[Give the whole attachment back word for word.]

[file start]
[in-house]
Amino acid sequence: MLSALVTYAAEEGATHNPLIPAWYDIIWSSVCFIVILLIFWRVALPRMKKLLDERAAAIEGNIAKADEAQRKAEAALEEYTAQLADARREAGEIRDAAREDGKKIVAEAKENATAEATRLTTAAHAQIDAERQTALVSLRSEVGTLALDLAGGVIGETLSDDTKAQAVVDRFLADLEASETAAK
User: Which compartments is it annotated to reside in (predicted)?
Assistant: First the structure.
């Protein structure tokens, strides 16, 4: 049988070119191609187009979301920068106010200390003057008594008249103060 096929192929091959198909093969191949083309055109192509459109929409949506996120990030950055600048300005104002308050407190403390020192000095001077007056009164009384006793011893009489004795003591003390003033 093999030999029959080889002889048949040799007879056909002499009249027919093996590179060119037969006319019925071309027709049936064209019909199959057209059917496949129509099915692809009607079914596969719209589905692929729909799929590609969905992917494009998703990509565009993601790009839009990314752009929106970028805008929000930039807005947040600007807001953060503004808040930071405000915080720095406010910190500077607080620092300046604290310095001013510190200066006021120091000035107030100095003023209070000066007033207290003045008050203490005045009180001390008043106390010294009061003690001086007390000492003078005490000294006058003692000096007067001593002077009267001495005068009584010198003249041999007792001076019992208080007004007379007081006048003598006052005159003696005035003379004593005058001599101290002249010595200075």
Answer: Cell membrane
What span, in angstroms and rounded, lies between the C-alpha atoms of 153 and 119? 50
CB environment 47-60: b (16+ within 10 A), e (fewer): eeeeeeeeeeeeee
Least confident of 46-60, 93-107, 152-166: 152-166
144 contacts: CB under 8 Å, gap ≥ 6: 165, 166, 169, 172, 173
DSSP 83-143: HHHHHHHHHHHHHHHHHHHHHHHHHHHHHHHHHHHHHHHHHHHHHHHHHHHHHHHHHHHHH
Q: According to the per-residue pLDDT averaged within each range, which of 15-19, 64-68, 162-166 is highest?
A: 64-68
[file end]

[in-house]
Amino acid sequence: MLSALVTYAAEEGATHNPLIPAWYDIIWSSVCFIVILLIFWRVALPRMKKLLDERAAAIEGNIAKADEAQRKAEAALEEYTAQLADARREAGEIRDAAREDGKKIVAEAKENATAEATRLTTAAHAQIDAERQTALVSLRSEVGTLALDLAGGVIGETLSDDTKAQAVVDRFLADLEASETAAK
User: Which compartments is it annotated to reside in (predicted)?
Assistant: First the structure.
């Protein structure tokens, strides 16, 4: 049988070119191609187009979301920068106010200390003057008594008249103060 096929192929091959198909093969191949083309055109192509459109929409949506996120990030950055600048300005104002308050407190403390020192000095001077007056009164009384006793011893009489004795003591003390003033 093999030999029959080889002889048949040799007879056909002499009249027919093996590179060119037969006319019925071309027709049936064209019909199959057209059917496949129509099915692809009607079914596969719209589905692929729909799929590609969905992917494009998703990509565009993601790009839009990314752009929106970028805008929000930039807005947040600007807001953060503004808040930071405000915080720095406010910190500077607080620092300046604290310095001013510190200066006021120091000035107030100095003023209070000066007033207290003045008050203490005045009180001390008043106390010294009061003690001086007390000492003078005490000294006058003692000096007067001593002077009267001495005068009584010198003249041999007792001076019992208080007004007379007081006048003598006052005159003696005035003379004593005058001599101290002249010595200075």
Answer: Cell membrane
What span, in angstroms and rounded, lies between the C-alpha atoms of 153 and 119? 50
CB environment 47-60: b (16+ within 10 A), e (fewer): eeeeeeeeeeeeee
Least confident of 46-60, 93-107, 152-166: 152-166
144 contacts: CB under 8 Å, gap ≥ 6: 165, 166, 169, 172, 173
DSSP 83-143: HHHHHHHHHHHHHHHHHHHHHHHHHHHHHHHHHHHHHHHHHHHHHHHHHHHHHHHHHHHHH
Q: According to the per-residue pLDDT averaged within each range, which of 15-19, 64-68, 162-166 is highest?
A: 64-68